Cynthia: I’ve never considered myself to be a great teacher or public speaker, so part of it is therapy for me, learning to become better at those things through just doing it. Also fun. I may not have mentioned earlier, I got into doing this to have fun.
Noah: It’s incredibly rewarding. Getting the responses from our viewers on how much they’re enjoying what we do and learning from it means so much to us. And nothing beats insulting Aaron on a weekly basis.
Q. Do you intend to keep Awesome Horse Studios as teaching solely or have you considered collaborating with one another and turn it into an actual studio for hire?
Marc: You can already hire us, we just don’t advertise. firstname.lastname@example.org is the way to get us for a project. Studios no longer need to be co-located. We often work together on a group Skype session and this works really well for sharing ideas and moving quickly on images that might otherwise take longer. I have been amazed at how well this works.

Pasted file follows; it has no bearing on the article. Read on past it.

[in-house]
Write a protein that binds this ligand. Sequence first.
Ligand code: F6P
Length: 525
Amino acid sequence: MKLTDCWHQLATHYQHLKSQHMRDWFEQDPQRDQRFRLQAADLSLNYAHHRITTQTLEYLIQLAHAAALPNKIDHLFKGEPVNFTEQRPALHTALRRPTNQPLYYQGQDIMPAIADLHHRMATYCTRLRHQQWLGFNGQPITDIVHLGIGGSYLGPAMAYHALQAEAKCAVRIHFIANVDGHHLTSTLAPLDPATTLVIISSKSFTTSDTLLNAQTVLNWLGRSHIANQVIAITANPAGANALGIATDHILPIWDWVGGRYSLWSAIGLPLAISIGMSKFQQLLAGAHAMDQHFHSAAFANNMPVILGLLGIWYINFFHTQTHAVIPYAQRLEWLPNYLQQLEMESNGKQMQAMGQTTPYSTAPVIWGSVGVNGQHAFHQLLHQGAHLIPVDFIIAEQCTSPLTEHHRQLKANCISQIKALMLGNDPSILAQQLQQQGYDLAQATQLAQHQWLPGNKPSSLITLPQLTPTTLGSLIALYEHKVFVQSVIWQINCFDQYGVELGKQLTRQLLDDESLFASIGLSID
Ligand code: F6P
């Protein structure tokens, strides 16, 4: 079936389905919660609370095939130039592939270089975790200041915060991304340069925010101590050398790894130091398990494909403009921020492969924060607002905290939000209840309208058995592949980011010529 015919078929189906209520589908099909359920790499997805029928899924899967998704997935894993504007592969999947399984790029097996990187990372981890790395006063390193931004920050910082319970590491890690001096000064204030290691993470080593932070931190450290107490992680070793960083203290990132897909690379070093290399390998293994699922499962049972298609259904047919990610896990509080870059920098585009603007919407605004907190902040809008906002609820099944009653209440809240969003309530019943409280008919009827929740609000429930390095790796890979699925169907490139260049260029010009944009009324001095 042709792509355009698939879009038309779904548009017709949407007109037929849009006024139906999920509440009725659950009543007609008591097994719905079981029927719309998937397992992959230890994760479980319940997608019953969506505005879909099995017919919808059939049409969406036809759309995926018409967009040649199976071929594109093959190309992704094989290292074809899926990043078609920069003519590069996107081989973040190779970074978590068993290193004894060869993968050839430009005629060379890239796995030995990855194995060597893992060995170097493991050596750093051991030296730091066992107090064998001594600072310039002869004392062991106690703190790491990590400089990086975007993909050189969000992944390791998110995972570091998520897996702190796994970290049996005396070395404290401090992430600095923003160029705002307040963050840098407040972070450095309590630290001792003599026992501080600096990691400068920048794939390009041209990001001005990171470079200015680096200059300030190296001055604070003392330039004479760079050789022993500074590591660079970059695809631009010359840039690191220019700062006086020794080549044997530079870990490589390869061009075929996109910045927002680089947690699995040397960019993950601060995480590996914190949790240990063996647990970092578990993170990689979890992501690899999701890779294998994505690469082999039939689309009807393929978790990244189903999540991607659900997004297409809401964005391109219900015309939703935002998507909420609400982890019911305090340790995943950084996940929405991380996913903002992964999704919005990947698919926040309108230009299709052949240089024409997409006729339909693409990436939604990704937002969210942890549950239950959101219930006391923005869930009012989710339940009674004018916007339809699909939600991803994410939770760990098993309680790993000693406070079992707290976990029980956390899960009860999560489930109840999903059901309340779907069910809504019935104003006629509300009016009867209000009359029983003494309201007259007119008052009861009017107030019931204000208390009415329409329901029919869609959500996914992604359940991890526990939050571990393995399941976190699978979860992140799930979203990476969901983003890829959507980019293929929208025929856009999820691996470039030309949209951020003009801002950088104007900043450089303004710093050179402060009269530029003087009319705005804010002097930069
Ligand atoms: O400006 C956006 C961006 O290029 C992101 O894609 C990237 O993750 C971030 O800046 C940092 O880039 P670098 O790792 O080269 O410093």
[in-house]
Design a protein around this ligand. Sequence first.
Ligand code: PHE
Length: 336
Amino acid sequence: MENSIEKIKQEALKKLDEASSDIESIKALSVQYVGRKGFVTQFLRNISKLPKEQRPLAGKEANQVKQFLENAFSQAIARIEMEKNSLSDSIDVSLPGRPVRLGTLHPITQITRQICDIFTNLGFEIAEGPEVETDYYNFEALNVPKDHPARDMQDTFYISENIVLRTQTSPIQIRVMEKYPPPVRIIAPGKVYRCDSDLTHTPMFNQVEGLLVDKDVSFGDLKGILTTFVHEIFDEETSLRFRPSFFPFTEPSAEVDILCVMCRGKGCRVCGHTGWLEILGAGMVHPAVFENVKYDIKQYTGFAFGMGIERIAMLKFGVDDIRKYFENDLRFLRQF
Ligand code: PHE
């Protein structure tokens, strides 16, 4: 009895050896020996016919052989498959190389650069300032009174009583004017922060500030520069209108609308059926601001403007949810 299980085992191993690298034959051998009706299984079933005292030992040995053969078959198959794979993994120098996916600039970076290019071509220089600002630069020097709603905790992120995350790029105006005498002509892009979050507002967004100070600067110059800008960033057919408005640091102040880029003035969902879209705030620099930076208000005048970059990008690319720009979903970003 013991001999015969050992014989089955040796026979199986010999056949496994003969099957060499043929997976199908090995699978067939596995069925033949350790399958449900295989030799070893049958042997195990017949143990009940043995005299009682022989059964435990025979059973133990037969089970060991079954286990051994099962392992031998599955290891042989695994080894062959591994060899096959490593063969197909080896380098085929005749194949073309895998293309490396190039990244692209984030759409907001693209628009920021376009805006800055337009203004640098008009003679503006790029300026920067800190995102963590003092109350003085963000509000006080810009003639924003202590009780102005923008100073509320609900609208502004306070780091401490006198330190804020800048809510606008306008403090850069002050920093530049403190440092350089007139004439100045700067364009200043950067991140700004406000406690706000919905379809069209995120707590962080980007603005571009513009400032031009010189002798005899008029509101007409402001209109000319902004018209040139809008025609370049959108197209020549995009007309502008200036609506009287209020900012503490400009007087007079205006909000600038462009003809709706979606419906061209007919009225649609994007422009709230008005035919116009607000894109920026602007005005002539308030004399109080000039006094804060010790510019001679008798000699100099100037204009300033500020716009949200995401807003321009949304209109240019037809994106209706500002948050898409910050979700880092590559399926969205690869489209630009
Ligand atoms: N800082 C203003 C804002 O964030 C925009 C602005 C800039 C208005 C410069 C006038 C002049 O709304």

Cynthia: What Marc said.
Q. One of your episodes created quite a bit of fuzz because of the lightbox technique you showed. Are you concerned with how the methods you show affect your audience?
Aaron: The technique is nothing new to the industry or the arts for centuries. Anyone having read David Hockney’s book “Secret Knowledge” will be enlightened to how far back optics have been used as an aid. What we didn’t expect was that our audience was so new to the field, that this would be seen as a replacement for a strong drawing foundation. No different than mentioning the use of Google SketchUp to speed along perspective drawing but again, is no replacement for learning perspective.